The overall QOL scores of the older adults ranged between 66 and 106, with a mean score of 85.6 ± 5.4. The total score of QOL was further stratified into physical, psychological, social relation, and environment domains. In the physical domain, the score ranged between 12 and 33, with a mean of 24.4 ± 2.7. In the psychological domain, it was between 15 and 27, with a mean of 22.02 ± 1.7. The social relation domain score ranged between 8 and 15, with a mean of 11.33 ± 1.3. In the environment domain, the score ranged between minimum 22 and maximum 36, with a mean of 27.8 ± 2.2 [Table 2].
Table 2: Descriptive statistics - World Health Organization Quality of Life-BREF (n=384)

Click here to view

Based on the above mentioned scoring, the average QOL was observed among 74.73% of the elderly, and poor QOL was among 13.02%; only 12.23% had a good QOL [Figure 1].
Figure 1: Level of quality of life among the elderly

Click here to view

The relationship between age and quality of life was negatively related to the “r” value of −0.183 (P < 0.05).

Determinants of quality of life

Statistical significance was found among variables such as gender, marital status, living status, education, occupation, socioeconomic status, use of mobile phone, use of social media, participation in social clubs, interaction with people, involvement in decision-making, medication, ill-treatment at home, and health insurance with the QOL (P < 0.05) [Table 3] and [Table 4]. Other characteristics such as religion, monthly income of the family, pension, bank account, frequency of visitors to their home, and negligence at home were not related to the QOL.
Table 3: Association of quality of life with demographic factors (n=384)

Click here to view
Table 4: Association of quality of life with socioeconomic characteristics (n=384)

Click here to view

Multiple linear regression techniques were used to assess the determinants of QOL. The characteristics which were found statistically significant (P < 0.05) in bivariate analysis were incorporated in multivariate analysis Determinants like age, gender, elderly who were on medication and ill-treated elders at home were statistically significant with P < 0.05 [Table 5].
Table 5: Determinants of quality of life among the respondents using multiple linear regressions (n=384)

Click here to view

Awareness and utilization pattern of social welfare schemes

[Table 6] describes the utilization pattern of social welfare schemes. Among the elderly, only 15.4% reported that they were aware of various government schemes; however, only 2.1% were enrolled for the same. About 0.8% reported that they were benefited from the scheme they enrolled, and about 11.7% stated that various other schemes are required. The majority (56.2%) of them did not have a senior citizen card issued by the government.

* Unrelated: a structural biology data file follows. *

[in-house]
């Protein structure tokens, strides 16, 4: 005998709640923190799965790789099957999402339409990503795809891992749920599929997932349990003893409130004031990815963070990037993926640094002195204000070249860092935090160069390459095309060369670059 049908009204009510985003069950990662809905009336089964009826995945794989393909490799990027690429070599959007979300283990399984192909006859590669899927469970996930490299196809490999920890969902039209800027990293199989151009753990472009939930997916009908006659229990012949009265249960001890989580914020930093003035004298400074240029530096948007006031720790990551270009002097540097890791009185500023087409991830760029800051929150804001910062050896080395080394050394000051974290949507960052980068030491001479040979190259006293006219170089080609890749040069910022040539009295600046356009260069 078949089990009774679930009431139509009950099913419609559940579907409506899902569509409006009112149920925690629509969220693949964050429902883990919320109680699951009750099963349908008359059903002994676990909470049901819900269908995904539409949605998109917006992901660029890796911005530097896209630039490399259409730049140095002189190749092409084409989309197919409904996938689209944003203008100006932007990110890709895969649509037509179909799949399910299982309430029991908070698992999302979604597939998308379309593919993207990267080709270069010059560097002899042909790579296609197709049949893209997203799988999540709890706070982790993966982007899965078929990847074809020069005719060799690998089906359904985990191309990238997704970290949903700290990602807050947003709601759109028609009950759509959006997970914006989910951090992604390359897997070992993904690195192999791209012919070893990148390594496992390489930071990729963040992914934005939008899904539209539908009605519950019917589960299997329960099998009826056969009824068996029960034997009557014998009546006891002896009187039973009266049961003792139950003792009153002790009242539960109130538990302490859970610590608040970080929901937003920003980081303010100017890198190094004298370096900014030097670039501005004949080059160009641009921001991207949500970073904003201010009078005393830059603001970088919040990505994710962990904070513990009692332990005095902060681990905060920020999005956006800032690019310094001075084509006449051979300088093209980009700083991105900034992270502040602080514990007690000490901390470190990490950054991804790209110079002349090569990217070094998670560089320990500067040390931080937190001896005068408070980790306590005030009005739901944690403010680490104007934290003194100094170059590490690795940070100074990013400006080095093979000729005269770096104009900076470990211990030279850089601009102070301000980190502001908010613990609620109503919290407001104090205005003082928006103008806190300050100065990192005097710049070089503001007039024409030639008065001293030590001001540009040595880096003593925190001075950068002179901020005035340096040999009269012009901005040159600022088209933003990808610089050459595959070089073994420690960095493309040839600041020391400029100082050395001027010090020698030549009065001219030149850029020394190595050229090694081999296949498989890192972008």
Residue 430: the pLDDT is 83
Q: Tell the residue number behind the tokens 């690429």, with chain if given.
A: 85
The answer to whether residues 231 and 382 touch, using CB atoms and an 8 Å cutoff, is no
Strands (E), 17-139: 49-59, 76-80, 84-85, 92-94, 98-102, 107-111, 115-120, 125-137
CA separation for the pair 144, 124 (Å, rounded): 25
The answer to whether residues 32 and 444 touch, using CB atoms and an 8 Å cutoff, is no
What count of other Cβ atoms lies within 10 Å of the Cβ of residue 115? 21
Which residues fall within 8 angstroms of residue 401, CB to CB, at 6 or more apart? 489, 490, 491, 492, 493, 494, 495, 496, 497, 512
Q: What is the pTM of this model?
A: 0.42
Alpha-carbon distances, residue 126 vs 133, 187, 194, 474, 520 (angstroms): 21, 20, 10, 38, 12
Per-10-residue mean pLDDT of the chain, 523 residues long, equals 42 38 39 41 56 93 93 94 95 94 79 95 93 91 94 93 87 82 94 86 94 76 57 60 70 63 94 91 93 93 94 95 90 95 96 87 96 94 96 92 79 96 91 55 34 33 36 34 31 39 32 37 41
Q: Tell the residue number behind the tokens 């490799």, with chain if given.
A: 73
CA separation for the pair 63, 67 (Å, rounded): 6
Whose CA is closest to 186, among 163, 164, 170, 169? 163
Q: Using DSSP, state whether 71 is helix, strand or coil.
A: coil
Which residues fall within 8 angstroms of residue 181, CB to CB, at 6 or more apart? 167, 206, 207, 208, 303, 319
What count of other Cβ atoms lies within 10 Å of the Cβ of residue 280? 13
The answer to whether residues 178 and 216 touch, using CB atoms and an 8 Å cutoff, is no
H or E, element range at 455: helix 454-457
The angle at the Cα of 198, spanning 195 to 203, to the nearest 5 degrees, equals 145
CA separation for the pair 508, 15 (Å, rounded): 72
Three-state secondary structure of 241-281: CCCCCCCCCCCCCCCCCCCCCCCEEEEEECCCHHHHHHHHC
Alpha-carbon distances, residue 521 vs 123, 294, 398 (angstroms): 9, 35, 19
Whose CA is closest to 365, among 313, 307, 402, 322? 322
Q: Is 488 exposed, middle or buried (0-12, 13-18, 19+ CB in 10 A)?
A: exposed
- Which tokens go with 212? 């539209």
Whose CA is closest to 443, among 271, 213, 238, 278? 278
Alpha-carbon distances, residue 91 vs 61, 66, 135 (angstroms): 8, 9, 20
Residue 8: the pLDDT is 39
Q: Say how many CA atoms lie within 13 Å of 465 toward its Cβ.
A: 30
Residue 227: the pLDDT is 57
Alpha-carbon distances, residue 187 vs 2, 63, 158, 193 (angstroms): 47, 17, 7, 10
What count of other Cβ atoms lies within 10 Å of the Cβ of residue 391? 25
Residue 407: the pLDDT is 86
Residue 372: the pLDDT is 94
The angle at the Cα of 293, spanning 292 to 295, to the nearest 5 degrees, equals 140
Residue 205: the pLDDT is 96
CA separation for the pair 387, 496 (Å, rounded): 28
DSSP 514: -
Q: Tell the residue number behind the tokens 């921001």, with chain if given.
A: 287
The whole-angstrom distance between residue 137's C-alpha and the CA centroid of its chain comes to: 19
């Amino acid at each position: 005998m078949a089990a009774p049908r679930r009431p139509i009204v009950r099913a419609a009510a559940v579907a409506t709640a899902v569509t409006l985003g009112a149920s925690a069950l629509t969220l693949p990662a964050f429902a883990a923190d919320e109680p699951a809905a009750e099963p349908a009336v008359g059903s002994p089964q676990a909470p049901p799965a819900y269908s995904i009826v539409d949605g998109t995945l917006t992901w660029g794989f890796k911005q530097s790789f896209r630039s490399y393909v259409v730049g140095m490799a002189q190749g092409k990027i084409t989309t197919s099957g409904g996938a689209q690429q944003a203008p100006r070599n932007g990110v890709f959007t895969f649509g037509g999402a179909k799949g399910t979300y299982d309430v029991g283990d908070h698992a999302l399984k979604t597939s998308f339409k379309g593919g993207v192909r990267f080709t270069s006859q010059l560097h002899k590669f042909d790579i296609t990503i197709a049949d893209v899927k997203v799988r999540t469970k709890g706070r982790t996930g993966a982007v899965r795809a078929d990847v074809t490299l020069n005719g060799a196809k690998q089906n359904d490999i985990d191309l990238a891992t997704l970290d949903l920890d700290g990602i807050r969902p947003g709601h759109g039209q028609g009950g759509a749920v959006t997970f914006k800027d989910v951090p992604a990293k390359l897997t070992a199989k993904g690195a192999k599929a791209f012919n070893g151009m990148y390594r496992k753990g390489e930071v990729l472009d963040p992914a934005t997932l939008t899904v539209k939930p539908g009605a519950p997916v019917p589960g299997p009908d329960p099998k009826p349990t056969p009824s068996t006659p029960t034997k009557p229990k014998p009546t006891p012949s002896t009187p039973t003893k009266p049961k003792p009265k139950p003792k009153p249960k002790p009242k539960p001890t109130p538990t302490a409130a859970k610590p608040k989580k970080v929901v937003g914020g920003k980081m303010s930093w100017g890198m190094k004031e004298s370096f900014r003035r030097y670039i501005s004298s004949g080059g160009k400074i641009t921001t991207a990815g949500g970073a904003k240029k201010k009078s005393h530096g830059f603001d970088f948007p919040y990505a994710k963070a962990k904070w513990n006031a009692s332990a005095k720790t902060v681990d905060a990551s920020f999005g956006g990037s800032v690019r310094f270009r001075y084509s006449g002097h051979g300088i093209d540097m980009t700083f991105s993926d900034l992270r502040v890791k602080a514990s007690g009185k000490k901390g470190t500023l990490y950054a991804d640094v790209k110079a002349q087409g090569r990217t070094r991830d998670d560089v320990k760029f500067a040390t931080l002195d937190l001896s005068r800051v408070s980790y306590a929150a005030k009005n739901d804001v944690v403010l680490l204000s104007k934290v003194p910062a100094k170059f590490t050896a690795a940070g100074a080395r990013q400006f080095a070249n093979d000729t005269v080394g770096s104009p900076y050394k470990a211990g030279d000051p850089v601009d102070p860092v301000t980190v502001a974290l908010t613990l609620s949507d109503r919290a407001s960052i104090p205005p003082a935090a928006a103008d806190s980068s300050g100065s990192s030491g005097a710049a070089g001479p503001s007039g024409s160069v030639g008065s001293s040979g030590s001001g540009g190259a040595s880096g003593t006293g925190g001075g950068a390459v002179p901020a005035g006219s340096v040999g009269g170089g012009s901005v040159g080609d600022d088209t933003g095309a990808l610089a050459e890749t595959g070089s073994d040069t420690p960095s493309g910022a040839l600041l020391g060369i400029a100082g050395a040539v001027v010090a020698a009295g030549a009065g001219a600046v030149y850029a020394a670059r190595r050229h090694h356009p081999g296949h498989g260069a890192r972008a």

Table 6: Awareness of elderly schemes (n=384)

Click here to view

  Discussion Top

In the study, the mean age of the elderly was found to be 65.59 ± 6.53 years, similar to a study done in Pune, India, where the mean age of the respondents was reported as 66.33 ± 6.7.[6] The present study witnessed the negative linear relationship between age and QOL, showing an increase in age and a decrease in health-related QOL. Similar results were shown in a study conducted in Karkala and urban Puducherry.[3],[7]

The study population, in the present study, comprises 51.6% of females and 48.4% of males. The majority (65.1%) of the respondents were married, and 99.2% were living with spouses and children. In an Iranian study, out of currently married, 86.3% of the elderly population, were living with their spouse.[8] This study witnessed that 7.4% of the elderly group were living alone; in a similar survey conducted in urban Tehran, Iraq, 15% of the elderly were living alone, which is slightly higher than the present study.[9] This study found that 41.9% of the elderly population received employment pension, whereas, in urban Gujarat, only 10.4% were receiving a pension.[10] The majority of the respondents were reporting to suffer from morbidity conditions such as hypertension (65.4%), diabetes (39.1%), arthritis (17.7%), and vision problems (5.7%). Similar results were found in the study conducted in Gujarat and rural coastal Karnataka, wherein 55.4% of the elderly population reported hypertension followed by arthritis (22.8%).[10],[11] A Pune study found that 13.7% were suffering from hypertension, 6.5% were suffering from diabetes, and 76.7% never had the requirement of medications.[6] The observations inferred from these analyses are evident that the morbidities mentioned above were quite common among the elderly. Hence, comprehensive geriatric health services need to be provided, focusing on the common morbidities.